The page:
Before the COVID-19 crisis erupted, several signals warning of a possible pandemic had been emitted. Certain scientific studies, some of them published in prestigious journals , reported the risk of zoonotic disease outbreaks and propagation, notably linked to SARS type viruses, as well as their potential origins. Examples of such articles include this one published in Nature in 2008, this one in Nature Medicine in 2015, and this one that appeared in Proceedings of the National Academy of Sciences in 2016.
As also pointed out in certain recent articles (here or here), back in 2015 Microsoft founder Bill Gates – whose foundation is currently backing the development of a COVID-19 vaccine – had warned about the risk of a coming pandemic and the need to prepare for it. Likewise, a National Intelligence Council report from 2017 entitled “Global Trends – Paradox of Progress” put forward the scenario of a pandemic in 2023.
How then to explain that this information, although clear, did not lead to a better anticipation of the current crisis? Several barriers can explain this.
Barriers to weak signals
In the 1970s, the Russian-American professor and corporate strategy consultant Igor Ansoff suggested that weak signals had to pass through three filters – Information (surveillance /observation), mentality (interpretation) and power (decision) – before potentially inducing action.
The information filter corresponds to the ability of the weak signal to be detected or discovered by one or several actors within the organisation, amid all the other information perceived.
The mentality filter refers to the ability of the signal to be recognised as information that is relevant to the current situation once it has been detected. A number of cognitive biases can explain why this information is dismissed or overlooked (normalcy bias, confirmation bias, optimism bias, etc.).
These biases (recently discussed here and here) are individual, but other factors, organisational this time, can also help to better understand why these signals are ignored: the groupthink phenomenon or the organisational values and culture, for example.
Finally, the power filter informs the decision making once the signal has been detected and its relevance recognised. The people in charge within the organisation, those with decision-making power, can choose not to make this signal a priority despite the underlying risk.
More recently, a fourth filter has been discussed: transmission. It refers to the flow of information within the organisation and it is situated between the mentality and power filters. Indeed, the people who detect the signal and are the first to form an opinion on what it means are not generally those with the power to decide on whether or not to act.
In all likelihood, the different signals relating to what, at that time, was still a possible pandemic caused by a SARS-type virus did not manage to make it through these filters.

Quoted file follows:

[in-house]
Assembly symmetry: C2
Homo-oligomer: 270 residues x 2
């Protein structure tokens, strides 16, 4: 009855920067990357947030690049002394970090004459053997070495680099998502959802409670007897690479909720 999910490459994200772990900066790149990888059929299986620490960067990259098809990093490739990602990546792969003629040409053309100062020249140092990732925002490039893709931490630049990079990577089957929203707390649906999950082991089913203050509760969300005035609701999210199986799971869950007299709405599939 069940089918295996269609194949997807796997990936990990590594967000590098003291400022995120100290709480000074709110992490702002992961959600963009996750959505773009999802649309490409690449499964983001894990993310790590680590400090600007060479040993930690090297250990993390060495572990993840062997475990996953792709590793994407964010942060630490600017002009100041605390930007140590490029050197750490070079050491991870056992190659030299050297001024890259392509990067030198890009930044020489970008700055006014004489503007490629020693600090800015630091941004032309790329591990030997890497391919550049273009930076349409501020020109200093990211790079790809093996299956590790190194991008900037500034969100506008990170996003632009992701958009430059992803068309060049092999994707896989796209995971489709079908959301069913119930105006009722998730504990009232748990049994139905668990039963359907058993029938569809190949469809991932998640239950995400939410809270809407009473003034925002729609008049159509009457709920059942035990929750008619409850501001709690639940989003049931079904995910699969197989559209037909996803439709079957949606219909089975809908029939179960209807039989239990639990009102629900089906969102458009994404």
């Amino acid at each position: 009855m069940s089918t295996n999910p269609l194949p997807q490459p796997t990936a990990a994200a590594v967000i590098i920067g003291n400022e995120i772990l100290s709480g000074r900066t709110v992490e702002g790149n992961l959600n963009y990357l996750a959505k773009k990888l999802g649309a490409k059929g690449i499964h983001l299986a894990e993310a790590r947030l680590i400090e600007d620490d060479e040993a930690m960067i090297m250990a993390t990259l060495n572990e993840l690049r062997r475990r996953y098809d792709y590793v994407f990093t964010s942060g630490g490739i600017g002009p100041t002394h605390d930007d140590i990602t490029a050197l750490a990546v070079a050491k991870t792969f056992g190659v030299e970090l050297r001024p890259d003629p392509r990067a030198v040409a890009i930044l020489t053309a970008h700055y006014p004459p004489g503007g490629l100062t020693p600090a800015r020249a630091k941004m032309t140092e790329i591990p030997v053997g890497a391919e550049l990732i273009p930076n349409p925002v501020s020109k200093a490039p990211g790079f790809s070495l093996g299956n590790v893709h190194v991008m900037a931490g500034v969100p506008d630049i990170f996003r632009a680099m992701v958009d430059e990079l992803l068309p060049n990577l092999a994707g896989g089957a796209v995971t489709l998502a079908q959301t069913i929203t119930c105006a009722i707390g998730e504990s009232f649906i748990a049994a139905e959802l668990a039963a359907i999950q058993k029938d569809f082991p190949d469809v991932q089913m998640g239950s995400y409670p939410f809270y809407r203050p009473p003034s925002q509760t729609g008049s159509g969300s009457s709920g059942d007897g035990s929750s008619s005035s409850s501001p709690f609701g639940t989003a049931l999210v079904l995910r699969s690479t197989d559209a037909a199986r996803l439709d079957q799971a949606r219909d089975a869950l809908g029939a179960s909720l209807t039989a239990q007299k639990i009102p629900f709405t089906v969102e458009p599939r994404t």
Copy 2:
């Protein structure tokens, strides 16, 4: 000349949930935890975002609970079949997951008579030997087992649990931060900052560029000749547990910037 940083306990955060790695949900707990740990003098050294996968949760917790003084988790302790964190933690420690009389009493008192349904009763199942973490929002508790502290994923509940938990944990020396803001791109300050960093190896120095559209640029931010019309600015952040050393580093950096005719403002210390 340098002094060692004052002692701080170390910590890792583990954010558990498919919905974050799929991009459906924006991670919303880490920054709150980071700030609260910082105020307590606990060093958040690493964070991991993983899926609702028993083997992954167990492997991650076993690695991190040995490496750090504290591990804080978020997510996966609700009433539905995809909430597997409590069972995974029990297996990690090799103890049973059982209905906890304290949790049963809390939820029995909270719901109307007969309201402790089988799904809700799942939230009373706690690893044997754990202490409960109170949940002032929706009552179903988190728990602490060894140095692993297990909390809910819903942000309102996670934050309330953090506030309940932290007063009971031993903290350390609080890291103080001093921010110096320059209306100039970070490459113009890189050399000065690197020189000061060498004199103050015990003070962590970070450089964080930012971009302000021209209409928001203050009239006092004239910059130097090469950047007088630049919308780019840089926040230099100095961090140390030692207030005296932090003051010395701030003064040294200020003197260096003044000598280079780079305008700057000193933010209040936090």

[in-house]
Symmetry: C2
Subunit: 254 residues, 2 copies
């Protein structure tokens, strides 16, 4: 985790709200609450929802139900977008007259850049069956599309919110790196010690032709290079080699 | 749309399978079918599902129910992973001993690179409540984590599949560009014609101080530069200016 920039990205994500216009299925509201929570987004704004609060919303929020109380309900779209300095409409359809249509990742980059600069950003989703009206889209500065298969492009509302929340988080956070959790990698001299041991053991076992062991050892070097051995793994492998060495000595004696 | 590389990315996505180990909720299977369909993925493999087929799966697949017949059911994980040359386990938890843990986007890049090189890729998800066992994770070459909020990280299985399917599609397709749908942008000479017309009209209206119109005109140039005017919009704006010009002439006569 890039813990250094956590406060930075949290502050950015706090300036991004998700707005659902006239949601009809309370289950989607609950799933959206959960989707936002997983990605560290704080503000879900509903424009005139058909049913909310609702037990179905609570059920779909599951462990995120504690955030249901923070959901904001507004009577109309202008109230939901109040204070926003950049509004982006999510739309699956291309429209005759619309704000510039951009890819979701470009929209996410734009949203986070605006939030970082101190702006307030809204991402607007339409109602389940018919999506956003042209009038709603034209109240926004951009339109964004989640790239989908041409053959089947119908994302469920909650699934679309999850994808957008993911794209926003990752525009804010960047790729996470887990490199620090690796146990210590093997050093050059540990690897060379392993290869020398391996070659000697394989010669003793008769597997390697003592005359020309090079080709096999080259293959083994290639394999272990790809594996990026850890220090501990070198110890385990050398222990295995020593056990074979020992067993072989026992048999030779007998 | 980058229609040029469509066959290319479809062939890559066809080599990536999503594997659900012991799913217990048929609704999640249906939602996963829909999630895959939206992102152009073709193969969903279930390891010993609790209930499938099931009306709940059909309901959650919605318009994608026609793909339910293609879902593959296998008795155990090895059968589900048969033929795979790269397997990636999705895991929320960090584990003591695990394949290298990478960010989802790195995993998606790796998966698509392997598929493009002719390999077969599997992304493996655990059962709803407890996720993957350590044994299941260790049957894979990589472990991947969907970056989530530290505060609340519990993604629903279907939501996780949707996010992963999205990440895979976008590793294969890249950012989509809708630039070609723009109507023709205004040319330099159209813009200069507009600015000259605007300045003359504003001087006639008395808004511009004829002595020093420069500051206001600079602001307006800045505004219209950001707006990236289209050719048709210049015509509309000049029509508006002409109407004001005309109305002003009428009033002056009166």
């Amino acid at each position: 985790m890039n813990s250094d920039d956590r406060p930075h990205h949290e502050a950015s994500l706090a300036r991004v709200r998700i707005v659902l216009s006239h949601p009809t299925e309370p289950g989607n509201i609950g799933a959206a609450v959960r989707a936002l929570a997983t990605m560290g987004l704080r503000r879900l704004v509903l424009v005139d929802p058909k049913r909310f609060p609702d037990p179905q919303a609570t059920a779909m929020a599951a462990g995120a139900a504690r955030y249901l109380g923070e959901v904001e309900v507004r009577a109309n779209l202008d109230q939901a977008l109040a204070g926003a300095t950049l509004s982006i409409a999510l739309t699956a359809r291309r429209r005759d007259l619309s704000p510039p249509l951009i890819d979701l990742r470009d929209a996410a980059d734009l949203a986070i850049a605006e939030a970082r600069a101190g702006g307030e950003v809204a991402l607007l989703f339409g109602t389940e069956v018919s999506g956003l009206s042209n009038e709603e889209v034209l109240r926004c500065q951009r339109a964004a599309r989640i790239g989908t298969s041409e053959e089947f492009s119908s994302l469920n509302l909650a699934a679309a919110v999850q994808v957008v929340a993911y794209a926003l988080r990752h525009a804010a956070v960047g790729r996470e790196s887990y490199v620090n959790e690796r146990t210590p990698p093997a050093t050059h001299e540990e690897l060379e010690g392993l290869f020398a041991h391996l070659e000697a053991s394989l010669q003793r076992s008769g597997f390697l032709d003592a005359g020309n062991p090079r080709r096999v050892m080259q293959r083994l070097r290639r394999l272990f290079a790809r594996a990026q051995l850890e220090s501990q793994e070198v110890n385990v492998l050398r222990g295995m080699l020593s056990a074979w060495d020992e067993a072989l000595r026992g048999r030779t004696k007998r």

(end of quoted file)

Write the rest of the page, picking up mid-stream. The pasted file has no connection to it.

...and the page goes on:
Better integration of weak signals
What strategies could possibly lead to a better identification and integration of weak signals in risk governance?
Several avenues from the field of strategic management could be helpful. First of all, it seems necessary for both decision-making and non decision-making actors to acknowledge the existence of the organisational frame of reference. It is often from this frame of reference that the filters of weak signals emerge.
Practising strategic dialogue and involving multiple internal and external actors with different frames of reference could help to reveal and challenge this dominant model and its basic assumptions.
This practice is used by the Chemistry Industry Association of Canada (CIAC), the organisation behind the Responsible Care initiative created in 1985 and now recognised by the United Nations as a standard for the safe, responsible and sustainable management of chemical products.
Twice a year, a National Advisory Panel composed of 13 members, including academics, environmental leaders and community members, meets to alert the Association of emerging issues and to question and rethink its risk management practices.
This example also illustrates the importance of a greater integration of networks, something we are currently investigating. By involving these other entities to which the organisation is connected directly or indirectly (academia, businesses, government departments, communities, citizen groups, etc.), it is possible to monitor developments outside the organisational frame of reference and improve the sharing of information. This strategy necessarily implies trusting these networks, otherwise it would remain ineffective.
Another strategy is scenario planning. This collaborative approach based on narratives makes it possible to explore risks and consider plausible rather than probable futures. This practice, which challenges what is usually assumed, is especially helpful for integrating uncertainties and ambiguities and for making sense of complex situations.
In the specific context of crisis management, and in the face of the uncertainty associated with climate change, scenario planning is increasingly being used to guide the development of public policies pertaining to the conservation or restoration of natural ecosystems. Participatory approaches in particular, which require actively involving local populations in the process, lead to a better integration of local or traditional knowledge.
Through these practices ─ particularly scenario planning and dialogue ─ it is possible to develop ethical thinking to support decision making, i.e. thinking that takes into account the underlying values that guide us when deciding if a signal has priority or not or if a risk is acceptable or not.
This article was originally published on The Conversation: https:https://theconversation.com/anticiper-les-crises-ces-filtres-qui-nuisent-a-lanalyse-des-signaux-faibles-137171